What is GABA Tea?
We've all seen GABA tea with it's miraculous benefits and sky-high prices. Picking up some GABA tea from the shelf we see claims of stress relief, pain relief and happiness promotion, amongst some. While GABA does do all those things, taking GABA in the form of tea or supplements doesn't allow it to get absorbed by the body in the same way as when it's naturally produced within our bodies.
GABA tea is processed differently than other tea types. It undergoes a unique oxygen-free fermentation process after which the tea leaves stock up on GABA.
Now let’s get a little technical. GABA: gamma-Aminobutyric acid. A component that is directly responsible for the regulation of our muscle tone, calming the nerves, improving sleep, and balancing our moods. This is a specific reference to the GABA naturally found in our bodies and does not relate to the GABA we get from GABA supplements.
Although GABA is sold as a dietary supplement, it is also found naturally in tea. We prefer the latter.
Naturally, all tea has GABA in it, although in relatively small amounts that don’t play a significant enough role. In the 1980s Japanese scientists found out that letting green tea ferment for 6 to 10 hours in a nitrogen-rich / oxygen-free environment results in an amount of GABA in the tea leaves 10 times the original. Later on, it was discovered that black tea and oolong that underwent the same process would also result in a large amount of GABA.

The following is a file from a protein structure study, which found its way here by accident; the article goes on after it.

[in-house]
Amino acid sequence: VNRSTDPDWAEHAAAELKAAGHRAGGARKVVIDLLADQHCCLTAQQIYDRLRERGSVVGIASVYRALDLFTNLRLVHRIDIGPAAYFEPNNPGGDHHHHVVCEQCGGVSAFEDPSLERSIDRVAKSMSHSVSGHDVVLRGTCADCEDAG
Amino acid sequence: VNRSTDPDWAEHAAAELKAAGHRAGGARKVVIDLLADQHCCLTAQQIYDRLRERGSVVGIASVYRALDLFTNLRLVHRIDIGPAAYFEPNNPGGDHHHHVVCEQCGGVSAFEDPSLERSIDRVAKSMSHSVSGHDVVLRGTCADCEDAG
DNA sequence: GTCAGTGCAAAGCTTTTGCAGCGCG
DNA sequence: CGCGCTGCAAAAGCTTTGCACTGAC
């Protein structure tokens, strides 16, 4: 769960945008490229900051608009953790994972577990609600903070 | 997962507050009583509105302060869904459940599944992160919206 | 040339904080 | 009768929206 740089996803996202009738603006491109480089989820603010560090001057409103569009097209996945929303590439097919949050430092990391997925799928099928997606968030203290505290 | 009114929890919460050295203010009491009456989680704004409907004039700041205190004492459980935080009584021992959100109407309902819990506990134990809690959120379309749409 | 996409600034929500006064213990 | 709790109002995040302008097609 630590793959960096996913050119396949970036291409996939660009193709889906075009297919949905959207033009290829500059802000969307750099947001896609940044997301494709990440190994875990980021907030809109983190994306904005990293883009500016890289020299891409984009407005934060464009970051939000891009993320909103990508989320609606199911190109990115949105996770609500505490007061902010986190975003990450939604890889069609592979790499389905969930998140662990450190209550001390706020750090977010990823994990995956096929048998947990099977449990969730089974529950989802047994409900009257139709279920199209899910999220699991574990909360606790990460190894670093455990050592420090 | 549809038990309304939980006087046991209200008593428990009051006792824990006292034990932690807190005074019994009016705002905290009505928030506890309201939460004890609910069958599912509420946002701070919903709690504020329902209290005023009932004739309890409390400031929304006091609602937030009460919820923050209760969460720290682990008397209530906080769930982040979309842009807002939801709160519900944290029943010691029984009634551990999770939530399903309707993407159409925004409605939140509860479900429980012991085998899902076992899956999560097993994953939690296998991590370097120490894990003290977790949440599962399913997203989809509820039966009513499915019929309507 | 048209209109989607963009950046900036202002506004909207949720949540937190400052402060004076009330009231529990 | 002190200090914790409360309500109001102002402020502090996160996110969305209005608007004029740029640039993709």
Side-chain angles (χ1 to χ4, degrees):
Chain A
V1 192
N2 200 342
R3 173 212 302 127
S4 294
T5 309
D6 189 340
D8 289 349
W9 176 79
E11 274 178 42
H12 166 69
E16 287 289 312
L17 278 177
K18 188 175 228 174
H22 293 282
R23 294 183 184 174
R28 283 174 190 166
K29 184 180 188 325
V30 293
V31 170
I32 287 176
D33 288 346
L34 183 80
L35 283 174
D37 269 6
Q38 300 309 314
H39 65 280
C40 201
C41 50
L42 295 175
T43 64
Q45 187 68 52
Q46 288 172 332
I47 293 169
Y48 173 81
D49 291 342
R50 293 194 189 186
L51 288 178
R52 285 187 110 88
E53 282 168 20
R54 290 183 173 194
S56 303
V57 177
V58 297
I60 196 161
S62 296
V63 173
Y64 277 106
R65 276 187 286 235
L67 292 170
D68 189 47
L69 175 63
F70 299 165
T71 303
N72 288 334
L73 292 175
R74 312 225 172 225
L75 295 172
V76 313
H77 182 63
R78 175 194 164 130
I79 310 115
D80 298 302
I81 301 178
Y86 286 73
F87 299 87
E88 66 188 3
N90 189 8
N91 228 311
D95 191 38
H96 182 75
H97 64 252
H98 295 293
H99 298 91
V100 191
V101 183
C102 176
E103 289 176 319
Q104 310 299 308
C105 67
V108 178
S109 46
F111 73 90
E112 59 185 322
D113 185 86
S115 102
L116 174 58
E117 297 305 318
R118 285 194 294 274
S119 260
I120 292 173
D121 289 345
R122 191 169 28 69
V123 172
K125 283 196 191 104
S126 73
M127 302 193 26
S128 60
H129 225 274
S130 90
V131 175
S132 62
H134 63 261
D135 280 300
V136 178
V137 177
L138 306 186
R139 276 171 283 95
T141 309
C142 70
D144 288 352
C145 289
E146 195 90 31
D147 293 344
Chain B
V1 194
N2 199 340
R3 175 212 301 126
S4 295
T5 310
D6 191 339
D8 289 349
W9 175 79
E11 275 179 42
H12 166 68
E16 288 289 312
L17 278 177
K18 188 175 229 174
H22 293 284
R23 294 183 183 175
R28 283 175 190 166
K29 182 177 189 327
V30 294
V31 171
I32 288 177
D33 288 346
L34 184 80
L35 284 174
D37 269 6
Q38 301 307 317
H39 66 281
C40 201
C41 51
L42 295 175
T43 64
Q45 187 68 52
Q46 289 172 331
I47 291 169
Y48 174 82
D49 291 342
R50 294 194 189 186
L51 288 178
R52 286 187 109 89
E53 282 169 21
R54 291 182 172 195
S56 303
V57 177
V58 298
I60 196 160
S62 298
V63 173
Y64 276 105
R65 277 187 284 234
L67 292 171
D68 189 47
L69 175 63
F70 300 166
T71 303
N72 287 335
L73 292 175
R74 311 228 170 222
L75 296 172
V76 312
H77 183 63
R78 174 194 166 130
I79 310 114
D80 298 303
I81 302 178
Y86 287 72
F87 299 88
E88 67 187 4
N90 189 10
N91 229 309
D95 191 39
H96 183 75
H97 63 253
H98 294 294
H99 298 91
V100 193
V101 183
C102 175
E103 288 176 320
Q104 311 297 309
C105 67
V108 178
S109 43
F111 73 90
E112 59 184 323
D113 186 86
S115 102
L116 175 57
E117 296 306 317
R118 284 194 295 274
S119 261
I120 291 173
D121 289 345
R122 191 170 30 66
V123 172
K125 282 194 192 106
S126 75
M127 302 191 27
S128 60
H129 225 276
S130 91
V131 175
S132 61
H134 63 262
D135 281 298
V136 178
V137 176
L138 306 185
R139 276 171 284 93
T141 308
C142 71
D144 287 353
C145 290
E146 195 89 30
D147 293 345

GABA teas must have at least 150 mg of GABA per 100 grams of tea leaves. Nowadays the biggest producers of GABA tea are based in Taiwan and primarily produce oolongs.
Furthermore, we can receive GABA not only from drinking special GABA-rich tea but also from regular teas. In fact, the L-theanine found in tea aids the body in its own GABA production. Having GABA in our bodies is vital for keeping both emotional and physical balance.
The Effects of GABA
In the 1980s GABA tea was commonly sold as a stress and pain reliever, although it was later on discovered that when taken orally, it cannot cross the Blood to Brain Barrier (BBB), thus cannot help with these conditions.
What GABA tea can do, however, is help with lowering blood pressure.
Aside from specially produced GABA teas, it was determined that White tea has a significantly larger amount of GABA than other tea types.
How is GABA tea made?
To produce GABA-rich tea the tea bushes are first shaded for 2 weeks before harvest, this increases the tea's natural glutamic acid index. (This method is similar to the production of L-theanine-rich Japanese teas like matcha and gyokuro).
Afterward, the fresh-picked tea leaves are put into stainless steel vacuum drums, where the oxygen is removed and replaced with nitrogen. The tea remains in this environment for 8 to 10 hours. This processing method results in the highest concentration of GABA within tea.
What does GABA tea taste like?
This will depend on the type of GABA tea that you are trying. The most popular being oolongs, if you try a high mountain GABA oolong tea, it won’t taste drastically different from other similar types of oolong tea. However, things to note are that the taste will be more sweet, savory, and malty, rather than a fresh vegetal or floral one.
Should I try GABA tea?
While many of the health benefits of GABA tea are questionable, many people do enjoy drinking GABA tea, claiming that it promotes clarity as well as a peaceful state of being. While this could possibly be a result of the placebo effect, it is essential first to have your facts straight and not believe in false advertising. Our suggestion is to try and see for yourself. If it makes you feel peaceful and happy, then why not?